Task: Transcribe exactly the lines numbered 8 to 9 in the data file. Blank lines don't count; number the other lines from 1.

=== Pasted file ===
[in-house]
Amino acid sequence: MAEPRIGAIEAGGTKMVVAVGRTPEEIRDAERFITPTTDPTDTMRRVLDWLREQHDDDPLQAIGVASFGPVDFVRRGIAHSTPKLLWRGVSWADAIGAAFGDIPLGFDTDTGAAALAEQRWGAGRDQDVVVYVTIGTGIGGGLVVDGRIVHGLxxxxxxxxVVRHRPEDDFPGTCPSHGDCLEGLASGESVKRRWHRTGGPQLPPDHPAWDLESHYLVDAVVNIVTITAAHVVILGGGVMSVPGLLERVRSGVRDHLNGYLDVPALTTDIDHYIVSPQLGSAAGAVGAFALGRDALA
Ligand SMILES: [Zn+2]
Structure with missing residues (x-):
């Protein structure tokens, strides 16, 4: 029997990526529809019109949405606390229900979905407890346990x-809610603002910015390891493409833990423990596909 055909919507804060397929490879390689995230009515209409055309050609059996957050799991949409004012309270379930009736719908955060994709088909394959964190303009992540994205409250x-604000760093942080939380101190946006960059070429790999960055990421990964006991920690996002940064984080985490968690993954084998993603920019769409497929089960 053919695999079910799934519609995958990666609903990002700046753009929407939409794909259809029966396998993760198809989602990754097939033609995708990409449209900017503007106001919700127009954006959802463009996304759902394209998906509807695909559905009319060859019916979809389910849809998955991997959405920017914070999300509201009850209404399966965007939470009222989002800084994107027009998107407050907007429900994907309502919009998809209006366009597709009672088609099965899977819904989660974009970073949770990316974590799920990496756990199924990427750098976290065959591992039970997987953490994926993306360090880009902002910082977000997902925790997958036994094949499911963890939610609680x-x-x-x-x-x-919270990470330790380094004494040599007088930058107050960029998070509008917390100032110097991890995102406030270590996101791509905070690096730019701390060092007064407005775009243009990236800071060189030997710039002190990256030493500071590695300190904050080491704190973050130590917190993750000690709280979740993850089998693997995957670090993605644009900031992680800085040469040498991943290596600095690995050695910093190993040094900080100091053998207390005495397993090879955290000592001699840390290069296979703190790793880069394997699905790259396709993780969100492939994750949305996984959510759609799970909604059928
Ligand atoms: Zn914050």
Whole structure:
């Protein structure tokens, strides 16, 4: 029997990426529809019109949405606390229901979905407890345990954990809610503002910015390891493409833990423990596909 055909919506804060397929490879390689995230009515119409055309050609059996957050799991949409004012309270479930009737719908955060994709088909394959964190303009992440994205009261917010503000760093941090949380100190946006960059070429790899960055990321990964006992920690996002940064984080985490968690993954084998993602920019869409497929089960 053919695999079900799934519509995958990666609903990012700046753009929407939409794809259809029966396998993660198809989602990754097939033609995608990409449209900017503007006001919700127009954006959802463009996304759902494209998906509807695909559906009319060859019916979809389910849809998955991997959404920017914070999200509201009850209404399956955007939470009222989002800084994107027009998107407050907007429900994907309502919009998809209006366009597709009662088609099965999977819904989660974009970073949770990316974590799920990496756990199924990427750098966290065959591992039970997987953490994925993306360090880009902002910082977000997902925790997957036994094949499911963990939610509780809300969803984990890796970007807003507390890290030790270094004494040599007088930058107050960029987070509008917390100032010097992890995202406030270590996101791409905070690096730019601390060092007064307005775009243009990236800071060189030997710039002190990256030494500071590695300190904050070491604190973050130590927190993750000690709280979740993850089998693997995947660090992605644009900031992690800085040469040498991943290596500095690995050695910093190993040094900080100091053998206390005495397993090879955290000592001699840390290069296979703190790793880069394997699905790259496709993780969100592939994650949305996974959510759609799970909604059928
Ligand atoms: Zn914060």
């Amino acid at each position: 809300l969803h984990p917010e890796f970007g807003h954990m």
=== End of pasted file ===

């Protein structure tokens, strides 16, 4: 029997990426529809019109949405606390229901979905407890345990954990809610503002910015390891493409833990423990596909 055909919506804060397929490879390689995230009515119409055309050609059996957050799991949409004012309270479930009737719908955060994709088909394959964190303009992440994205009261917010503000760093941090949380100190946006960059070429790899960055990321990964006992920690996002940064984080985490968690993954084998993602920019869409497929089960 053919695999079900799934519509995958990666609903990012700046753009929407939409794809259809029966396998993660198809989602990754097939033609995608990409449209900017503007006001919700127009954006959802463009996304759902494209998906509807695909559906009319060859019916979809389910849809998955991997959404920017914070999200509201009850209404399956955007939470009222989002800084994107027009998107407050907007429900994907309502919009998809209006366009597709009662088609099965999977819904989660974009970073949770990316974590799920990496756990199924990427750098966290065959591992039970997987953490994925993306360090880009902002910082977000997902925790997957036994094949499911963990939610509780809300969803984990890796970007807003507390890290030790270094004494040599007088930058107050960029987070509008917390100032010097992890995202406030270590996101791409905070690096730019601390060092007064307005775009243009990236800071060189030997710039002190990256030494500071590695300190904050070491604190973050130590927190993750000690709280979740993850089998693997995947660090992605644009900031992690800085040469040498991943290596500095690995050695910093190993040094900080100091053998206390005495397993090879955290000592001699840390290069296979703190790793880069394997699905790259496709993780969100592939994650949305996974959510759609799970909604059928
Ligand atoms: Zn914060």